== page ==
Faculty from the University of Minnesota's College of Biological Sciences are working to fill the demand for online biology classes.
They are creating the Center for Online Biology Education, which would include a website that features all available CBS online classes. Faculty said they hope to launch the website by the end of fall semester. The center also includes faculty resources and a mentorship program for instructors looking to teach an online class.
“The goal of COBE is really to provide a centralized location for all of CBS faculty,” said Charles Willis, assistant professor in the Department of Biology Teaching and Learning.
CBS faculty want to expand the amount of online biology classes they can offer, he said. In order to do that they need to equip faculty with knowledge about how to teach online biology classes.
Online classes require consideration for how to provide feedback, how to teach effectively over an online platform and require management daily, Willis said.
“All of that is different and can be daunting for a faculty member to come into an online course,” he said.
The mentorship program’s goal is after the instructors spend a semester shadowing another instructor, faculty will spend the next semester co-teaching an online class with them, he said. Eventually, the faculty members may be able to create their own new class or a new online section of an existing course.
An online format can be difficult for biology students, Willis said.
“One of the challenges with online learning for students is self-direction. You have to be, to some degree, your own instructor,” he said. “We have tools to remind students online, but they have to, in a much more personal way, organize their schedule.”
They’re learning ways to use Canvas in a way that students aren’t as overwhelmed with the platform’s capabilities, he said.
Kalli Binkowski, the academic technology coordinator in CBS, has worked behind the scenes managing technology for COBE. She’s seen how different teaching online can be, she said.
“You do not realize how much information you convey being physically in a classroom with students. And we’re not just talking about lecturing or whatever, but all those little moments,” Binkowski said.
Times where they’ve been reminded to complete an assignment, where they’ve been able to get extra help or an individual explanation from the instructor are important, she said.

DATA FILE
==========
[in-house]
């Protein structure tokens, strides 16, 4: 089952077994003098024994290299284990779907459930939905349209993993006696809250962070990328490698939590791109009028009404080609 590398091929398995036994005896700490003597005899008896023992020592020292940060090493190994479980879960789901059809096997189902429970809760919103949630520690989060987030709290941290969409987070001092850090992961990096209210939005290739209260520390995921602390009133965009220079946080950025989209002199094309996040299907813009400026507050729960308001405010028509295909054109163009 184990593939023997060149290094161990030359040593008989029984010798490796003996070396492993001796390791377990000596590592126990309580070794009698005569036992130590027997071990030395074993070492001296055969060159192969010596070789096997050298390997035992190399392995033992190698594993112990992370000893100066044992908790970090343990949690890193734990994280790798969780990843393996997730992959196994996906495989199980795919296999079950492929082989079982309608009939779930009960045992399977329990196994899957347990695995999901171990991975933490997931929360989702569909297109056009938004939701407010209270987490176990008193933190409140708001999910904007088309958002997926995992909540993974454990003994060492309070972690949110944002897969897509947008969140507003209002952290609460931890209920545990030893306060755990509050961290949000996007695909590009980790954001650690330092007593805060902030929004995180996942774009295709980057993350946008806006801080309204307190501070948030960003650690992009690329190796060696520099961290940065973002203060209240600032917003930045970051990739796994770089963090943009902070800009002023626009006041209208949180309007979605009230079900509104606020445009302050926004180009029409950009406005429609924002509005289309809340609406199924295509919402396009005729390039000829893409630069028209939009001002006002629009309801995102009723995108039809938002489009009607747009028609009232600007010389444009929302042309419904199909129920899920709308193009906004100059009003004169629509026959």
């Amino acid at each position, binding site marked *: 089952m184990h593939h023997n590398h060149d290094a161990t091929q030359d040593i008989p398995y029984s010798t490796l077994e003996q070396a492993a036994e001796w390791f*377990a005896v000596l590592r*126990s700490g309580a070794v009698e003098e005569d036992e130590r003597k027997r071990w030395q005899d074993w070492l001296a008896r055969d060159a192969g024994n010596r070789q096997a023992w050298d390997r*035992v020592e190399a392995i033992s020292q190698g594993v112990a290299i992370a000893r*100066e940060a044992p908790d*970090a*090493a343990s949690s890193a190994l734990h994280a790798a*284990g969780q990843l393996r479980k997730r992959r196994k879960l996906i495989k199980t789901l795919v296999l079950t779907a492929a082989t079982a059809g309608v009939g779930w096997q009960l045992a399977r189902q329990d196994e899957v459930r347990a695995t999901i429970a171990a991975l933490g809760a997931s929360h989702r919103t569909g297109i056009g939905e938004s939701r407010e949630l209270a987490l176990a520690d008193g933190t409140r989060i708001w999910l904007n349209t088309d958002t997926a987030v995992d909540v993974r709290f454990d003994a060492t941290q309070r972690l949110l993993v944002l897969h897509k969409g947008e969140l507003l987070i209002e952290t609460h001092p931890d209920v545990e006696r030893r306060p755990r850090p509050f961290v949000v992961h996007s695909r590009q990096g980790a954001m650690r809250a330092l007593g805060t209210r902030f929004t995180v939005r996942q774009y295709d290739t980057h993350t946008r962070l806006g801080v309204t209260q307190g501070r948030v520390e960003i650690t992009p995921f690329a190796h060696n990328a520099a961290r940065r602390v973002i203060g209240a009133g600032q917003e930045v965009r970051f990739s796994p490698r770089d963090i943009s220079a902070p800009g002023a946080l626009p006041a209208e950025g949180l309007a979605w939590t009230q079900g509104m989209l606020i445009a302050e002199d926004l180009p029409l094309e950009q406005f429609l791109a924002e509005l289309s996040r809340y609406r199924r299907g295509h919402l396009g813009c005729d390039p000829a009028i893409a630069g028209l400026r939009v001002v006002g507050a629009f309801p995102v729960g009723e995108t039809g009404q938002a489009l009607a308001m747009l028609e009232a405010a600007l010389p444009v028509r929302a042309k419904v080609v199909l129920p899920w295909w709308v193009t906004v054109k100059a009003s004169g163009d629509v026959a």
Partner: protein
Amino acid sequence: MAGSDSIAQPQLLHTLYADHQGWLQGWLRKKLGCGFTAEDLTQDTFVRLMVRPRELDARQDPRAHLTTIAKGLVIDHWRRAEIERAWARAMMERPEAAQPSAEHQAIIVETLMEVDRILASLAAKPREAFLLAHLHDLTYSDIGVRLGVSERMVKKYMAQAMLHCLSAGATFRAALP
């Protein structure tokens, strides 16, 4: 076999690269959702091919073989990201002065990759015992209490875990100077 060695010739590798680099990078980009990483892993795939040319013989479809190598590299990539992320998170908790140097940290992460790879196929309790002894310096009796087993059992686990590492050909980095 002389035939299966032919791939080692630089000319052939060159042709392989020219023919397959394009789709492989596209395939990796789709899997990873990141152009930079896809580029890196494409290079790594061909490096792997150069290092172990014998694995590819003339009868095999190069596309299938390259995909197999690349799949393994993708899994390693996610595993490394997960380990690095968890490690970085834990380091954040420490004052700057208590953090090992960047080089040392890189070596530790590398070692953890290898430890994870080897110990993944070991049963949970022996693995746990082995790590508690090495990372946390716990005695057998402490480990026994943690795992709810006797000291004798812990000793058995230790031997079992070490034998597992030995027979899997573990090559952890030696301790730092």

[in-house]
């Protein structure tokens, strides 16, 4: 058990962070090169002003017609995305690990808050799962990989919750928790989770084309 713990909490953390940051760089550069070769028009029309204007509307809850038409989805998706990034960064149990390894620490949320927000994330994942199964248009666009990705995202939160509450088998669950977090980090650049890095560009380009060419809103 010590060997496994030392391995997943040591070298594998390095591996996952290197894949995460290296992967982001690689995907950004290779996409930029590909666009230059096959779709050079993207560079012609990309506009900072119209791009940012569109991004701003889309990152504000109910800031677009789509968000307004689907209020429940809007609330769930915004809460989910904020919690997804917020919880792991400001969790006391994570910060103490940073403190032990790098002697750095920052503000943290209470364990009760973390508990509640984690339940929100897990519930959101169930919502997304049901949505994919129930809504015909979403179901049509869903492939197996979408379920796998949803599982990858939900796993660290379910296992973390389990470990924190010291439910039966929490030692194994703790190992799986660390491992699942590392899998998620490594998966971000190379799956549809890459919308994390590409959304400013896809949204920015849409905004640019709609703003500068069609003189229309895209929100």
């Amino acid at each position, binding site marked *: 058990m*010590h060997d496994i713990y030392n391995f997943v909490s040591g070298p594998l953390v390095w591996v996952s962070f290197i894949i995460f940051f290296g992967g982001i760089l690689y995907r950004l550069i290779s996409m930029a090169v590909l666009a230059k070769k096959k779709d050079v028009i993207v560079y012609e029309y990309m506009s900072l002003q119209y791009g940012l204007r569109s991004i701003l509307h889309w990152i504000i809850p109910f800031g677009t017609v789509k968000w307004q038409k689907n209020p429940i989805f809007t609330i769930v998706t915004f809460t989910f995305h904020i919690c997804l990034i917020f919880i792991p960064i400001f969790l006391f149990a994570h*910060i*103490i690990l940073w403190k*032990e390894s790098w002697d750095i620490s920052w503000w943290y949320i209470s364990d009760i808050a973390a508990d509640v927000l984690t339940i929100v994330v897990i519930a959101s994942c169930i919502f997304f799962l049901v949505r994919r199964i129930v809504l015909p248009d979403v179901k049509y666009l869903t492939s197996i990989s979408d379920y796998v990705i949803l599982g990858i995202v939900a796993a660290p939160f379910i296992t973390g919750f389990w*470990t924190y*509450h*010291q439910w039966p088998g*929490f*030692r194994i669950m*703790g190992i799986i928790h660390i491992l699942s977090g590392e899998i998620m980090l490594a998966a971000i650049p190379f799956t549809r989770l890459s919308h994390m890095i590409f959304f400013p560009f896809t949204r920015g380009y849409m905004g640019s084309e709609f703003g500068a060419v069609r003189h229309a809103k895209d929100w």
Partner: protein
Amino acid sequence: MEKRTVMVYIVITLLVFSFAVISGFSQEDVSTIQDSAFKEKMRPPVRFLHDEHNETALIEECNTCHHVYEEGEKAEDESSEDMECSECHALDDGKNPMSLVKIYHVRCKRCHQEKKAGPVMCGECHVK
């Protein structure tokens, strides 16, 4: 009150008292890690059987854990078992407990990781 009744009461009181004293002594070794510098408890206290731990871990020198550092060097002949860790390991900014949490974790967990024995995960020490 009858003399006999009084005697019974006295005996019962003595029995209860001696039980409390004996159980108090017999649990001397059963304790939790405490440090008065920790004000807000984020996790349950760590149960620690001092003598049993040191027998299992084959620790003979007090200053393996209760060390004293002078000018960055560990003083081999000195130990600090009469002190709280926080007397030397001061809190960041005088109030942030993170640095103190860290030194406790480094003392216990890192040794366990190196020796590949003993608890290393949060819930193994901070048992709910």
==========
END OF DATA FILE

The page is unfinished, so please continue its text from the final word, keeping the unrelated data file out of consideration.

“Imagine going to lab and not having a TA there to help you through it,” Binkowski said. “All of that has to be done through the computer.”
Communication is key, she said. Online instructors communicate with students a lot more than expected, through emails and weekly announcements.
Another component is facilitating a community, Binkowski said.
“Students will be much more successful in an online class if there’s a sense of community, belonging and people being there,” she said.
When instructors reach out to students through video, it can make the course more human for students, Binkowski said.
“I have a lot of instructors who hate being on video, and it’s the quickest, easiest way to be a human for students,” she said.
Alongside creating groups for students and having them work together to solve problems, all of these elements can make for a more successful online class experience, Binkowski said.
In some of CBS’s classes with larger enrollment, there’s already a demand for more online classes, said David Kirkpatrick, an associate professor and head of Biology Teaching and Learning.
“That means we also have to identify the right instructors for [them],” he said. It has to be attractive to the University population.
One of the core missions is to develop best practices, Kirkpatrick said.
“I see COBE as a means to do something like that with online biology education. It’s a good framework for starting to actually do research into what works in the online space and what doesn’t,” he said.
Not a lot of research for online biology education exists, Kirkpatrick said.
The department wants an active research program where they can begin submitting research grants, Willis said. This program could eventually involve students.
“I think [COBE’s] one of these things that the college needs to be doing to keep contemporary and be forward looking,” Kirkpatrick said. “I don’t see a downside to doing it.”